'Sherlock' Solves A Major Character Mystery

Life as a Sherlock fan consists of way too much waiting for new Sherlock, and not enough watching new Sherlock. So when the show's one-off New Year's Day special "The Abominable Bride" was confirmed to take place in the Victorian era (when Arthur Conan Doyle's stories were originally published), I was perplexed and disappointed. Sherlock Season 4 won't be premiering until 2017; why waste this precious episode on an alternate universe story that would have no bearing on the ongoing plot? As usual though, there's more to this Sherlock mystery than initially meets the eye. Sherlock's investigation into the case of Emilia Ricoletti is revealed as a deep-dive into his mind palace in an effort to deduce how his archenemy Moriarty could have survived the events of "The Reichenbach Fall" in Season 2. The consulting detective's conclusion? He didn't. Moriarty is really dead, but still more dangerous than any man or woman alive.

Season 3 of the series ends with Sherlock's forced suicide mission to Eastern Europe cut short by a broadcast. Moriarty and his twisted grin takes over every television screen to announce his improbable return with just four words: "Did you miss me?" And since Sherlock stood a foot from him when Moriarty shot himself in the head in "Reichenbach," the criminal's reappearance is indeed a surprise. Sherlock is a show that delights in taking hairpin turns and handing out "aha!" moments for the fanbase to debate and discuss online. The big news in "The Abominable Bride" is that the majority of the holiday special takes place in the few minutes after Mycroft's private jet turns around to deposit Sherlock back on British ground, so that he can save London from Moriarty yet again. But the information that he gathers in those few minutes will be invaluable.

Sherlock isn't one to waste time, so he drugs himself into a stupor to reach a deeper level of consciousness. There, he puts himself into the mystery of Mrs. Ricoletti, her suicide, and the murders that were subsequently attributed to her ghost. Several witnesses had looked on in 1895 when the women stepped onto her balcony, put a revolver in her mouth, and pulled the trigger. If he can find out how she could have committed suicide and been witnessed shooting her husband a few days later, then Sherlock might have solved Moriarty's survival as well. The detective discovers the all-female secret society waging war against the cruel and inconstant men of London, but that solution is a red herring in regards to Moriarty.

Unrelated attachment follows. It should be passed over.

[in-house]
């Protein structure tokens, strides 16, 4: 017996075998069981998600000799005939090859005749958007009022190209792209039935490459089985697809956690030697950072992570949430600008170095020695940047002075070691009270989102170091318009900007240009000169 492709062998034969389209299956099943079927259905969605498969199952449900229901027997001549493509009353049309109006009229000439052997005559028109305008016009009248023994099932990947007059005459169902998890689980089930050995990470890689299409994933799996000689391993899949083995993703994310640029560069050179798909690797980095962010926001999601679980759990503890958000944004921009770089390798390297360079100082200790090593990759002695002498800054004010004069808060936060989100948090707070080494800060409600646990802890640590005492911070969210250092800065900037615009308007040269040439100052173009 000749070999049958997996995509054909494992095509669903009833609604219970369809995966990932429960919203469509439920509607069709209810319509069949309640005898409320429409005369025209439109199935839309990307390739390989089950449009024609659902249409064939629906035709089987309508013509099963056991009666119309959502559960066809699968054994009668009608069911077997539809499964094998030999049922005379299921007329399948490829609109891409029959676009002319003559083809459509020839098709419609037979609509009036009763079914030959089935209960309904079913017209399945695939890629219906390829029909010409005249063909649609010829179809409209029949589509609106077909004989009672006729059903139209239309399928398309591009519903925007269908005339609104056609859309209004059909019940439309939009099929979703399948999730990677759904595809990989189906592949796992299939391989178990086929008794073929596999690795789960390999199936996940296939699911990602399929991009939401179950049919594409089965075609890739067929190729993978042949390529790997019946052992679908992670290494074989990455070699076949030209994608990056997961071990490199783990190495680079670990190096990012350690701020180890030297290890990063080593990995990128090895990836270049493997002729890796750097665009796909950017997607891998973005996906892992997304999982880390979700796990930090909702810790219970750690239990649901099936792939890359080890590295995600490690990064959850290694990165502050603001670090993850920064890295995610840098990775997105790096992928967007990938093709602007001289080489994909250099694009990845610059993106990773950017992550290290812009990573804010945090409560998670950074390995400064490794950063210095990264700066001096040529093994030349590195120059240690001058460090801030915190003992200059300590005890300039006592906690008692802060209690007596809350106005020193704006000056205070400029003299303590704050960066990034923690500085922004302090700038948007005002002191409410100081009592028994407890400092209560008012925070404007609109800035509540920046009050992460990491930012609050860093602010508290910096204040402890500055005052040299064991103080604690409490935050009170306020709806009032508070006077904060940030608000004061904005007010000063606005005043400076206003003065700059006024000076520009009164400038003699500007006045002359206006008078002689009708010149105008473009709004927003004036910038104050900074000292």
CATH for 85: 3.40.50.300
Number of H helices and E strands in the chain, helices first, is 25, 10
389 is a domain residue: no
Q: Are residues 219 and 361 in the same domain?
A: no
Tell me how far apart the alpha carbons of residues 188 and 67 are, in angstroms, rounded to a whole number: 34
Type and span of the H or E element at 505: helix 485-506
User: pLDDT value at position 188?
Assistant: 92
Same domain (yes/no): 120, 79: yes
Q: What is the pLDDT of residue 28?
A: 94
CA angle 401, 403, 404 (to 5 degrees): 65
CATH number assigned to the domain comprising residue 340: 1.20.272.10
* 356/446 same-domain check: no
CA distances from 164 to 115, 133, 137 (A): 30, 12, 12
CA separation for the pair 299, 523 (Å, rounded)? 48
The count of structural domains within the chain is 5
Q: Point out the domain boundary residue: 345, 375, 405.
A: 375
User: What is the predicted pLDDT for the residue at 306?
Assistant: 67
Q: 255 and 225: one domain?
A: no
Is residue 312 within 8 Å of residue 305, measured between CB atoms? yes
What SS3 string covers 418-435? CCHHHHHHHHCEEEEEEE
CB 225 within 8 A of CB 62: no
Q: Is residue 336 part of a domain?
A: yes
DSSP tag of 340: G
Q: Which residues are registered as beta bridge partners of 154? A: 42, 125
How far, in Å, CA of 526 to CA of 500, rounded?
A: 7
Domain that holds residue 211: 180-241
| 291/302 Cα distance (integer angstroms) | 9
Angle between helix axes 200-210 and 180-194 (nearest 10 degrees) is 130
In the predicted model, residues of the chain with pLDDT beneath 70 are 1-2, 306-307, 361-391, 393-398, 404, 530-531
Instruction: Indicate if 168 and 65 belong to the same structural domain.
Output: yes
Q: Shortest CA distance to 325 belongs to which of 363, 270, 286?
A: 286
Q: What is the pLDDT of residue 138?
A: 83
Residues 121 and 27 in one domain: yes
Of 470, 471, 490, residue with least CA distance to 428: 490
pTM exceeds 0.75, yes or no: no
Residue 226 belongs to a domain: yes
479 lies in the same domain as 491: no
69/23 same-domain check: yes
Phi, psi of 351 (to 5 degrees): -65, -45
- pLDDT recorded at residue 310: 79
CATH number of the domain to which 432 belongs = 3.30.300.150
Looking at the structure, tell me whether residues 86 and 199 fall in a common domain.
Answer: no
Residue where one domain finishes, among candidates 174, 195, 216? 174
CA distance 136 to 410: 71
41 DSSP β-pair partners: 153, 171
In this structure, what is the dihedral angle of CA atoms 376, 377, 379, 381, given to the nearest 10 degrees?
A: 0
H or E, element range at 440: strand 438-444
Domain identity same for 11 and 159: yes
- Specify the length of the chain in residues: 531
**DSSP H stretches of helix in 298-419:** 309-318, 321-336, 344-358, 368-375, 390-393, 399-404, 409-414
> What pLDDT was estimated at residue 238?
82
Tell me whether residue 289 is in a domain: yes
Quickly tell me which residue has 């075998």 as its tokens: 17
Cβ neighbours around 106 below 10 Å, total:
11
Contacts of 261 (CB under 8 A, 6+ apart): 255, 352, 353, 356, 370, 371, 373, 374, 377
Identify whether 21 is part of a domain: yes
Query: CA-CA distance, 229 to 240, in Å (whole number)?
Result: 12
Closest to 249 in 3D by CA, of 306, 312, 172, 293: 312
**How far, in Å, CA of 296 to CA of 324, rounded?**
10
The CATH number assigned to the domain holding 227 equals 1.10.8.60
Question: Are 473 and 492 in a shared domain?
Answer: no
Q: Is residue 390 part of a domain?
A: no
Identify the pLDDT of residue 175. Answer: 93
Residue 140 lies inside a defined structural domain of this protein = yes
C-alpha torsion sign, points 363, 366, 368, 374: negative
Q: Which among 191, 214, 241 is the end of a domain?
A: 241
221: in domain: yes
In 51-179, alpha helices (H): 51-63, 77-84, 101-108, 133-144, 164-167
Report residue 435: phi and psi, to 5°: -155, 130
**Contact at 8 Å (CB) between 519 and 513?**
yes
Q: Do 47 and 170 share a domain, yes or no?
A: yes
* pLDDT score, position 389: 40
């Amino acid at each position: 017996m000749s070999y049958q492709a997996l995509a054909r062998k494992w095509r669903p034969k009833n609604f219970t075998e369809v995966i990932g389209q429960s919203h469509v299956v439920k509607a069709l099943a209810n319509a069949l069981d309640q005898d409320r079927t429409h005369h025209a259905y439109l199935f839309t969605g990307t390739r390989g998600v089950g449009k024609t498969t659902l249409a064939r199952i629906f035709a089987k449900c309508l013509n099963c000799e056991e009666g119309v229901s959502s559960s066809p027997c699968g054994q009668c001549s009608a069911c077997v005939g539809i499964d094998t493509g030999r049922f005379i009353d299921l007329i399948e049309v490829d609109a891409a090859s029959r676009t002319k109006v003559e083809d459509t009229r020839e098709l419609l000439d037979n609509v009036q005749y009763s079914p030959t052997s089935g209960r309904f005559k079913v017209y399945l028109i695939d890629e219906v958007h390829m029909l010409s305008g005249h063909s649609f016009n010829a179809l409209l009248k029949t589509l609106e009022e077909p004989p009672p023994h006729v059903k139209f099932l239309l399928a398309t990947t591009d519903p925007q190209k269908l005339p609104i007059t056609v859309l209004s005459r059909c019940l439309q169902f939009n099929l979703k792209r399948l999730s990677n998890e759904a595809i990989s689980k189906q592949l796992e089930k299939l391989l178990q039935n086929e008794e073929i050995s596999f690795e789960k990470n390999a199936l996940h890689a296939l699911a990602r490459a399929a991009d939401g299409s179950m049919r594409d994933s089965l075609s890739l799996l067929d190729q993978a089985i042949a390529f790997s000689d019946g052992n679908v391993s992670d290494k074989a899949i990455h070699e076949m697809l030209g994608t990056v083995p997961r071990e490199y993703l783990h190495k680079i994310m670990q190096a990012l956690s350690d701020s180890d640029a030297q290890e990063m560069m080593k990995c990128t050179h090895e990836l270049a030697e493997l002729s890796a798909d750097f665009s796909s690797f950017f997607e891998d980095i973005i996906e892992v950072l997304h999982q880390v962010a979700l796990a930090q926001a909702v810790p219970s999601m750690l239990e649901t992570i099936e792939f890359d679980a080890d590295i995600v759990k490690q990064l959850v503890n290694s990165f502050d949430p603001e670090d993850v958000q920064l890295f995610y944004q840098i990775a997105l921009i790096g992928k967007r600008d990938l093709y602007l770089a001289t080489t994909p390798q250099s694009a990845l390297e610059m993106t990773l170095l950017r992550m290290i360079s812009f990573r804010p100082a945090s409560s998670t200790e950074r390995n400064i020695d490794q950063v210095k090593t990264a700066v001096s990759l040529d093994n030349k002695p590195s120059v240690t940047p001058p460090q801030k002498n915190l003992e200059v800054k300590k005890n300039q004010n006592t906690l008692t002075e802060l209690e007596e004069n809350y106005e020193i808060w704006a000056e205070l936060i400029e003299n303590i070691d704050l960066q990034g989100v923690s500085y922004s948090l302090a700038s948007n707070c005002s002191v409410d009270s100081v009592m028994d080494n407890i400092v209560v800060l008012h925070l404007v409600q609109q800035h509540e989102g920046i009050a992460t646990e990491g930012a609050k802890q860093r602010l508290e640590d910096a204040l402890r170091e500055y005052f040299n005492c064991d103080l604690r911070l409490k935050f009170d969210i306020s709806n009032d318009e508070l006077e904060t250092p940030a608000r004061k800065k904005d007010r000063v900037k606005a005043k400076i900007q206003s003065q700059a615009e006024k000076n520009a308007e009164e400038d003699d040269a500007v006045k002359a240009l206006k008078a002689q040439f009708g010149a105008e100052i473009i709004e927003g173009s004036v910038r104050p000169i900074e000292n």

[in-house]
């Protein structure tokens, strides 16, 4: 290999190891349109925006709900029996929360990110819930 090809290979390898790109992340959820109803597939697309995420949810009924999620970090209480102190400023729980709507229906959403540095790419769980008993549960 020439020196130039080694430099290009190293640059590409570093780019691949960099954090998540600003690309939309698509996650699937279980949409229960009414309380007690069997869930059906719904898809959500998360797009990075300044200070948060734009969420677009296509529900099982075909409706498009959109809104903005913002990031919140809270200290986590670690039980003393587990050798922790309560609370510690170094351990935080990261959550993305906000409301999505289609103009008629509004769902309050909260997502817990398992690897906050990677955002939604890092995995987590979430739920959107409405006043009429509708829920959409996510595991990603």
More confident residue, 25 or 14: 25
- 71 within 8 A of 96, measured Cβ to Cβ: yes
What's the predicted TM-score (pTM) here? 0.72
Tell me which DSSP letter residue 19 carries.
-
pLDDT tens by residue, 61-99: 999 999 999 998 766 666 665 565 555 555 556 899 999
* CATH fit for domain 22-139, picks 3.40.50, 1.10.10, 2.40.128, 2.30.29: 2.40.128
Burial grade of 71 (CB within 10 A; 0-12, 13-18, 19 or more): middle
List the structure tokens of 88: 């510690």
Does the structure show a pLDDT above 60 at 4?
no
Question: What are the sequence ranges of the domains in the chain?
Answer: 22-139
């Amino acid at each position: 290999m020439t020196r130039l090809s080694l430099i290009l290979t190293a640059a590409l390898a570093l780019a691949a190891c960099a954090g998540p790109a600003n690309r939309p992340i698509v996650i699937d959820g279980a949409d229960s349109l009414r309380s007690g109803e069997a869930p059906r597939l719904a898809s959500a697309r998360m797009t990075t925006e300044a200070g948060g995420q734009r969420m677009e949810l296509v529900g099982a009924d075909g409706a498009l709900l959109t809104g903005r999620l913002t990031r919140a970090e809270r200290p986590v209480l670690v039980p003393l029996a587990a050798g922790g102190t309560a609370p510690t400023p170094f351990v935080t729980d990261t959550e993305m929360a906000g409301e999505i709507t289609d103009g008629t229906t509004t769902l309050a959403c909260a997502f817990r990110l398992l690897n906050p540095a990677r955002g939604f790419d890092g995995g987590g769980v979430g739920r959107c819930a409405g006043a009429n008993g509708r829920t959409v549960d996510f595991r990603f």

The script gives hints that Sherlock is experiencing some kind of Inception-like dream state, like when Victorian Mycroft calls Moriarty "a virus in the data." But it's Moriarty's physical arrival in Sherlock's mind palace that confirms it. Just like the other times Moriarty has crept into his nemesis's thoughts, he taunts Sherlock for his humanity ("The truth is boring.") and creeps the audience the hell out. (“You want your skin fresh, just a little crispy.”) It's this shadow of Moriarty that almost gets the best of Sherlock, so obsessed he is with proving the bad guy to be some kind of demon instead of just a man. Luckily, John Watson is permitted in Sherlock's mind palace too, and together they kill the ghost that's been haunting Sherlock.

Back in the present day, Sherlock's friends aren't thrilled about the whole deliberate overdose thing. Still, he got the information he went in for, and they can't do anything but follow the detective's lead in anticipating future Moriarty chaos. "I never said he was alive," Sherlock clarifies to Mary and John. "I said he was back." Sherlock is sure finally that Moriarty is dead. But he's still the virus. Moriarty is a planner; even in death, he can keep Sherlock Holmes on his toes.

Images: Robert Viglasky/PBS; huffysherlock, jlhell/Tumblr